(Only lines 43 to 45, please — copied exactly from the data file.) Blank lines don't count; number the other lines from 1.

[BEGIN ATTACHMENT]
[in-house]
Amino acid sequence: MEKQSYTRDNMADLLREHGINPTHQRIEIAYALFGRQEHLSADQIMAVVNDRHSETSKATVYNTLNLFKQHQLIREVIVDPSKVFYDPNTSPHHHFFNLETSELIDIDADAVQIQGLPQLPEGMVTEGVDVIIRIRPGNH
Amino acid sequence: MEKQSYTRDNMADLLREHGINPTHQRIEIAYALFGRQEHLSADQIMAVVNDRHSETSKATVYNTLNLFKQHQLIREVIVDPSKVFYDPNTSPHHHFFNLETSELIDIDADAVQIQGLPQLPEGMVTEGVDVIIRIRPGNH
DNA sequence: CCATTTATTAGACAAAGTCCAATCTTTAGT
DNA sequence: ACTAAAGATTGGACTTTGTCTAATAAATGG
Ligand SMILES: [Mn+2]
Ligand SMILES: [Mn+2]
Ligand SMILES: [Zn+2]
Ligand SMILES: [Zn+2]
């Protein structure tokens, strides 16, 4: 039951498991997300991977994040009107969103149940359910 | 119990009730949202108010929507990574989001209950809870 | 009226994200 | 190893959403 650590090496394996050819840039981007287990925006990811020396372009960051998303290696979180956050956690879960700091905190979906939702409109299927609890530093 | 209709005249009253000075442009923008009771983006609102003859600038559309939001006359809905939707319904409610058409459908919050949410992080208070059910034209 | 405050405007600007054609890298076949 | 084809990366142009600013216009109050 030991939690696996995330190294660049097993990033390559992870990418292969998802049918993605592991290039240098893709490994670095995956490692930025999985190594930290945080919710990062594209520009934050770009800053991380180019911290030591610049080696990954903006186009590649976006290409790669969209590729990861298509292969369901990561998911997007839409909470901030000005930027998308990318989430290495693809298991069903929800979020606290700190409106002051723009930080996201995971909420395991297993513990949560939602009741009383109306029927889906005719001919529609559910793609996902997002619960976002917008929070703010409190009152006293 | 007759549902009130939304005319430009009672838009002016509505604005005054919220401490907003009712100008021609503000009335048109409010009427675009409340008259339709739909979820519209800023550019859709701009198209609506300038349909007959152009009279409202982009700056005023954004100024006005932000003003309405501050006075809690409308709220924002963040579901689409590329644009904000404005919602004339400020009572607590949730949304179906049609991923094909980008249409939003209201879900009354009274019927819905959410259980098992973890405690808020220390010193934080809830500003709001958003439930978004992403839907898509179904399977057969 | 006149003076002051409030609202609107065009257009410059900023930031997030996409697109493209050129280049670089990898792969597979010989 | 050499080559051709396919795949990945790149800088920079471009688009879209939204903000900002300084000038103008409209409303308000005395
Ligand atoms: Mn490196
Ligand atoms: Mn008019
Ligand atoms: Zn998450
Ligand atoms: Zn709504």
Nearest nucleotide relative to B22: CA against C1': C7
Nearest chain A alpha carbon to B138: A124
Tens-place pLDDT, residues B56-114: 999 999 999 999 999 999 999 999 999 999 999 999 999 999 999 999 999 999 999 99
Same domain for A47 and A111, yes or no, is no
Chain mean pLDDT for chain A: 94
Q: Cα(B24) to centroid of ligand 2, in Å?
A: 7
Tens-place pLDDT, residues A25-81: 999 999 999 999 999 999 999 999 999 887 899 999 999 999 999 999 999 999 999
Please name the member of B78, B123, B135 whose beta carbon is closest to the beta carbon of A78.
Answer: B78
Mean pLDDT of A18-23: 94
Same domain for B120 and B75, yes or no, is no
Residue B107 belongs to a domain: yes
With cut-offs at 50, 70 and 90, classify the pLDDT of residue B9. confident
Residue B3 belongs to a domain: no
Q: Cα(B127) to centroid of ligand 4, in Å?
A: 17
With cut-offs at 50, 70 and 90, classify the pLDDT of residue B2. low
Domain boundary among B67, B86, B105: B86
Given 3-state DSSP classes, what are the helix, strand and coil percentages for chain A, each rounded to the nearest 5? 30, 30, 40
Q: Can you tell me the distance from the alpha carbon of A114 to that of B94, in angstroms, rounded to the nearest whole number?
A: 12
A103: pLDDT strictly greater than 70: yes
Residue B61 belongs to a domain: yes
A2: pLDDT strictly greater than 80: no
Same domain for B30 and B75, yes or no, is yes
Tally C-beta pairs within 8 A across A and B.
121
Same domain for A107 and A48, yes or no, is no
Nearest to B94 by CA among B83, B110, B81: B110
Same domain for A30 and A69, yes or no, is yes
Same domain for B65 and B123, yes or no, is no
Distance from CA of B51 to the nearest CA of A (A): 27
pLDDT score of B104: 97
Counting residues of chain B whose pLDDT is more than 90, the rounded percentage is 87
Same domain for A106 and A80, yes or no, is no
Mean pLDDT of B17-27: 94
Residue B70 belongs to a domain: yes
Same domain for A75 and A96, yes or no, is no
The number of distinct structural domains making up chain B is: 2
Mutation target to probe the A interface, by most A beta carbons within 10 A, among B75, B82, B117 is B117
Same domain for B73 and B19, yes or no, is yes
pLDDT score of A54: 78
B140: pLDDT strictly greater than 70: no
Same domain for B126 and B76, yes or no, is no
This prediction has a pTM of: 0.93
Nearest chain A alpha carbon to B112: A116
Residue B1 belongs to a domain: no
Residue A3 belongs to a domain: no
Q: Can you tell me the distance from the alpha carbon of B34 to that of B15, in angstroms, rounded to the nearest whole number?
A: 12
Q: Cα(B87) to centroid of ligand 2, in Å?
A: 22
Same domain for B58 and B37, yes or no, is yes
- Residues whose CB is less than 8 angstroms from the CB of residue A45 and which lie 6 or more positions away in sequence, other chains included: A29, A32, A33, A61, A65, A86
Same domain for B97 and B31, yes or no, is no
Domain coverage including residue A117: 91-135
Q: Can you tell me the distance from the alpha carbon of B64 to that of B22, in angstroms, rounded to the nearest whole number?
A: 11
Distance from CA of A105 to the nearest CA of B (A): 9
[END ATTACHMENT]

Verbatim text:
Same domain for A107 and A48, yes or no, is no
Nearest to B94 by CA among B83, B110, B81: B110
Same domain for A30 and A69, yes or no, is yes